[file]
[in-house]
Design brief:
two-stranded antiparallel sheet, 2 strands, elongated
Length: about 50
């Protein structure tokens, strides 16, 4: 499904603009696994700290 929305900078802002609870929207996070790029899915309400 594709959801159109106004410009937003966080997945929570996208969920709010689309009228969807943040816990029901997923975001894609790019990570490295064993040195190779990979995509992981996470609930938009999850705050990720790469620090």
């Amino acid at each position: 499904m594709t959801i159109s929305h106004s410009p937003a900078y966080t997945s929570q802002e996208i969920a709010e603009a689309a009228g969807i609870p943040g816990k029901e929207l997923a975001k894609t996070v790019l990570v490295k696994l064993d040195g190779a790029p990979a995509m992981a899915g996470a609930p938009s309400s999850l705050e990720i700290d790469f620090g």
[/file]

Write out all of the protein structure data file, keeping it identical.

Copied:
[in-house]
Design brief:
two-stranded antiparallel sheet, 2 strands, elongated
Length: about 50
């Protein structure tokens, strides 16, 4: 499904603009696994700290 929305900078802002609870929207996070790029899915309400 594709959801159109106004410009937003966080997945929570996208969920709010689309009228969807943040816990029901997923975001894609790019990570490295064993040195190779990979995509992981996470609930938009999850705050990720790469620090």
């Amino acid at each position: 499904m594709t959801i159109s929305h106004s410009p937003a900078y966080t997945s929570q802002e996208i969920a709010e603009a689309a009228g969807i609870p943040g816990k029901e929207l997923a975001k894609t996070v790019l990570v490295k696994l064993d040195g190779a790029p990979a995509m992981a899915g996470a609930p938009s309400s999850l705050e990720i700290d790469f620090g």